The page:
Every week on “Sunday Page” an author has to choose a single page from a comic book. It could be for sentimental reasons o for a particular technical achievement. The conversation could lose itself in the open water of the comic book world but it will always start with the
This Sunday I’m out with John Higgins, writer, artist and colorist. Born in Walton, Liverpool, in 1949, after his studies at Wallasey College of Art, he got a job as a medical illustrator. He then became a comic book artist for Marvel UK and 2000 AD, working on Judge Dredd and others. As a colorist, he revolutionized the industry with masterworks as Watchmen and Batman: The Killing Joke.
This page is from my comic collection, I started collecting underground comics whist at art college in the early seventies, and I had seen Richard Corben comic pages before, but they were either “just” stunning black and white airbrush pages or scintillating one image colour covers. I collected everything I could of his. This page was for me a starting point, for Richard Corben as a storyteller and colour artist and for me as a comic artist but also a constant student of comic art and storytelling.
His storytelling, his characterisation, his political eco message story’s told with a sick twisted humour, satirical socio sexual tales poking fun at all aspects of relationships, showing how outsiders can buck the system and win. I am still striving to reach his consistent artistic plateau, that he achieves with every job he does, never mind when he reaches his sublime artistic highs!
This page is from Grim Wit #2, 1973, a very cheaply produced comic on newsprint, with hand sep colour, the copy I am looking at now in my hands, the white paper has turned a dull brown over the years, but the years have not dimmed the feeling of excitement when I look at this page. This is the very first page of probably one of Richard Corben’s “artistic highs”, the series of Den. The next episode I saw after this (trying to get regular comics in those days, was very hit and miss) was probably 5 years later in the French comic magazine, Metal Hurlant, and then his colour got the production values it deserved.
What is so fascinating about Den for you that made you choose it among all Corben’s works?
Den was the first time I had seen colour used in such an imaginative way, Corben used back and side lighting with complimentary colour, that either reflected off the objects in the panel, or were used as a shadowing effect, this was very effective to throw out to the viewer what ever Corben chose for this effect, his figures in particular had a dimensionality that started with his powerful figure work but then with colour he accentuated aspects such as the underside of breasts, belly’s or cheek bones, rather than just do a black shadow, this not only made them more colour interesting but created an almost tactile three dimensional effect on a 2 dimensional printed page.
For me as a writer this story started in simple but effective way that brings an immediate identification with the hero, in Den a normal Joe is dragged into an adventure, and has to survive or die. I use this storytelling method in my Graphic Novel Razorjack. It was also used by one of my favourite pulp SF writers, Edgar Rice Burroughs in his John Carter of Mars series.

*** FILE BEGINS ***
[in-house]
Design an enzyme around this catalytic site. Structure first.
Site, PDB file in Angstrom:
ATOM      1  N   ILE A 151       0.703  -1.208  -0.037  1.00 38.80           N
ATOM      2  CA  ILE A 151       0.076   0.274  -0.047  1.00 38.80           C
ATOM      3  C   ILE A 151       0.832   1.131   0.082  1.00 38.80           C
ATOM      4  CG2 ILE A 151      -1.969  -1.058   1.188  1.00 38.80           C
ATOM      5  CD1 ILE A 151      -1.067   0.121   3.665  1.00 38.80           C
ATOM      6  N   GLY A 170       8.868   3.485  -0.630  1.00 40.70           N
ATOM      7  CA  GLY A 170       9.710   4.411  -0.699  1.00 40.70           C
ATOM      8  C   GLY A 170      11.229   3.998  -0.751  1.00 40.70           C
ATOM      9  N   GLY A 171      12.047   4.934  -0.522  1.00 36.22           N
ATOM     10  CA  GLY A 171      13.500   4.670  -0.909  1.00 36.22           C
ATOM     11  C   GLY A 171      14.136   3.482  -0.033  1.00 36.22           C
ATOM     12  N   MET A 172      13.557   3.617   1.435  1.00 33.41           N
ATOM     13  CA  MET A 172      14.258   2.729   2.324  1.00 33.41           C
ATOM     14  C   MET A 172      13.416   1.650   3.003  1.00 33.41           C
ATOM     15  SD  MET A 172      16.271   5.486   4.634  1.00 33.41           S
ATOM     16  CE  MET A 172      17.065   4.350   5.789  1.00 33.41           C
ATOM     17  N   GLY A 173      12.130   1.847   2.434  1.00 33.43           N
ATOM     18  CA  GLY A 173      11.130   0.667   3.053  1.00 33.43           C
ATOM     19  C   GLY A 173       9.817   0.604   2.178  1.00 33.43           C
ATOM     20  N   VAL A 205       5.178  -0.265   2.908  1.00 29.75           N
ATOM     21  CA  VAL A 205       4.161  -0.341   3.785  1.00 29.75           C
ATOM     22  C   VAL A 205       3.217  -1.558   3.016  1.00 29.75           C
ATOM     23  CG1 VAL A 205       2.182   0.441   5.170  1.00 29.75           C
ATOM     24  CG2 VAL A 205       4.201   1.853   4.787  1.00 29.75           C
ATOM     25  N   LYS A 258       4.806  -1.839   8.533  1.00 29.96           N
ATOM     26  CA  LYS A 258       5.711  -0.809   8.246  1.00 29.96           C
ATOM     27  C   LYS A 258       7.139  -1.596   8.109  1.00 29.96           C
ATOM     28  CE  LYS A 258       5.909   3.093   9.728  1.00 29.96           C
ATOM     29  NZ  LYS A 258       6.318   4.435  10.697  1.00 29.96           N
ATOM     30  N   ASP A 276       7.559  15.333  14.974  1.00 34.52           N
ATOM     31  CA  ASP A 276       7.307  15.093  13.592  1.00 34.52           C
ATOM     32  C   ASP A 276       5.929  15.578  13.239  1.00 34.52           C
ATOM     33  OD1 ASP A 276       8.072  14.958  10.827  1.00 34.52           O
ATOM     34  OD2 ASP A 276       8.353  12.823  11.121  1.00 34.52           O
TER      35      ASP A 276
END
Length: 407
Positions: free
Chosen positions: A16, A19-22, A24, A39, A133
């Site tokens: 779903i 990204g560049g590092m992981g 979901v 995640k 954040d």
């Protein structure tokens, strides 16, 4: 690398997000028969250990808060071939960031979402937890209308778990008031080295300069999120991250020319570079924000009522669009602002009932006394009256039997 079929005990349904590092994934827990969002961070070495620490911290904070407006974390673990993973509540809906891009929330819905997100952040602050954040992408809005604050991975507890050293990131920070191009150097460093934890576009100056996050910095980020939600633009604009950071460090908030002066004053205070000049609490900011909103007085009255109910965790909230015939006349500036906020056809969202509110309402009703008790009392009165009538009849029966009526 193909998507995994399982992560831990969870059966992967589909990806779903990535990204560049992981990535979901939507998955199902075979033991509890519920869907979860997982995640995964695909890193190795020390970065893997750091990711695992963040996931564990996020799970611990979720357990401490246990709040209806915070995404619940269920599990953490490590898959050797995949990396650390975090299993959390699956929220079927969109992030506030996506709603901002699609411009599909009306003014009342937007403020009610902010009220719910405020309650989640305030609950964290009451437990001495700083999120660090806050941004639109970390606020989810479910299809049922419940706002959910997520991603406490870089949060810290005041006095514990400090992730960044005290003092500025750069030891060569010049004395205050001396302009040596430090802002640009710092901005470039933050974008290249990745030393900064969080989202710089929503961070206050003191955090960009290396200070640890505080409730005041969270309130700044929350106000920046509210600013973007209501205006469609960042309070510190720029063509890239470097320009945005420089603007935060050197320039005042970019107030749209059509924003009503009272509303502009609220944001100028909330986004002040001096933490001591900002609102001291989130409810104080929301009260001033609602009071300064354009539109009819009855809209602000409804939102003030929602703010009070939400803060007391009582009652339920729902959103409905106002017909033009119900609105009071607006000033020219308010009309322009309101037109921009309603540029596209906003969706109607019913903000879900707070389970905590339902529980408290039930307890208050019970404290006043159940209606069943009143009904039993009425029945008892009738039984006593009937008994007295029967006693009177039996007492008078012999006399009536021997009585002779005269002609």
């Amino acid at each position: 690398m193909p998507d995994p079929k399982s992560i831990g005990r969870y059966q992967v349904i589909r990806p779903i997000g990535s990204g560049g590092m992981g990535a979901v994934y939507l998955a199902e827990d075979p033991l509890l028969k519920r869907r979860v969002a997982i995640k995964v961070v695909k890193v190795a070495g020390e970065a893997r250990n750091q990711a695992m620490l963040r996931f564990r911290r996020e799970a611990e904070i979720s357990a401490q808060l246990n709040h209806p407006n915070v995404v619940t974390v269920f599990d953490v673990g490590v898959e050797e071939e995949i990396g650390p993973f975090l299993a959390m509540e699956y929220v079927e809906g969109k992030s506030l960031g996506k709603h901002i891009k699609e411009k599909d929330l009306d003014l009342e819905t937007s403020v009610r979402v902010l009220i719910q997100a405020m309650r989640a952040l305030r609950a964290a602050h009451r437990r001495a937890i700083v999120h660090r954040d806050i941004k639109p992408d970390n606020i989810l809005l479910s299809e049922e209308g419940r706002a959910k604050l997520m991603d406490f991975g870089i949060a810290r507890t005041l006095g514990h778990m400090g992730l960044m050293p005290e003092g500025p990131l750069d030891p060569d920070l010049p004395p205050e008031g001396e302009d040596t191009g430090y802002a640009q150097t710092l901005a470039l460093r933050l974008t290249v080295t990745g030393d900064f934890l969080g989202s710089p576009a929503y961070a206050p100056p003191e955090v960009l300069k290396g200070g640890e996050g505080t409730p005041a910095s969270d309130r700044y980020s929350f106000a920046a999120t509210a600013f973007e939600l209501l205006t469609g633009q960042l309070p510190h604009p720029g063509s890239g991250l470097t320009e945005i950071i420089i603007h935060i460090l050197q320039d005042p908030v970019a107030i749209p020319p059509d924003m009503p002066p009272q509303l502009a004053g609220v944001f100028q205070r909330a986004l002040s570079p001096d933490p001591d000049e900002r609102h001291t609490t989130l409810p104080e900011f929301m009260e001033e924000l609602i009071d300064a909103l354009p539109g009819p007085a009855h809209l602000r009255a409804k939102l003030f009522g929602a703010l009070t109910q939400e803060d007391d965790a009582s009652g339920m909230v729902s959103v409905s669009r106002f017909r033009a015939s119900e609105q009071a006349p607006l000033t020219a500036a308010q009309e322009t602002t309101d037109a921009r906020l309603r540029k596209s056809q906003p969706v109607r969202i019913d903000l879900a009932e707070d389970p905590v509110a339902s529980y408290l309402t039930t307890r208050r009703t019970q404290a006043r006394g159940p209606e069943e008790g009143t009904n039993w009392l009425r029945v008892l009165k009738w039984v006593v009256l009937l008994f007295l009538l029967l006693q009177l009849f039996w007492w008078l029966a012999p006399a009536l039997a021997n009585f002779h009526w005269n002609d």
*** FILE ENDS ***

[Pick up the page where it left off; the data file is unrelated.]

And what’s about this page? Could you elaborate on why did you pick it?
Underground comics were always printed on the cheapest paper and used the cheapest production values, Den was at a time when Corben became technically sophisticated at the early production stage of creating his artwork for printing, this produced a signature style that was immediately recognizable as his. This page was when I first noticed how effective his production style was, due to how primitive the printing is for this comic, you can almost see his steps and initially I thought it was done by hand seps, but was a lot more effective than that. If you look at the printing on this page you can probably still see even on a computer screen the print dots they used at the time they are so large, almost crude, but Corben achieved something special even with these limitations.
The technique simply told, Corben painted in finished black and white tone the individual comic pages, then scanned the black and white page, but then produced the 4 colour printing plates from this art, he then worked on each individual plate Cyan, Magenta, Yellow and Black, and then printed from those plates to end up with a full colour printed page of comic art, the colour only existed once it had been printed.
This is similar to how some artists now produce colour using computers, scan in a black and white tone painting and use photoshop to change it into colour, a method I have used a lot in the past, probably starting on the covers for Pride and Joy, a 6 issue mini series for DC comics in the 1990’s.
For you, what’s the legacy of Corben and what kind of lessons did you learn, as an artist, from reading his comics?
Corben has been an inspiration for all of my career and is still producing some of the most effective comic art around, the last work I saw from him was for Dark Horse comics. Even when he only does black and white line, the storytelling, his composition, characterisation and his world creation is the best ever, but then add to this his colour and we have a combination I have never seen bettered. He was the main reason I got into comics, without Richard Corben I would not have coloured Watchmen or Batman: The Killing Joke and had the career in comics I have had, I might have still been a Medical illustrator working in a hospital.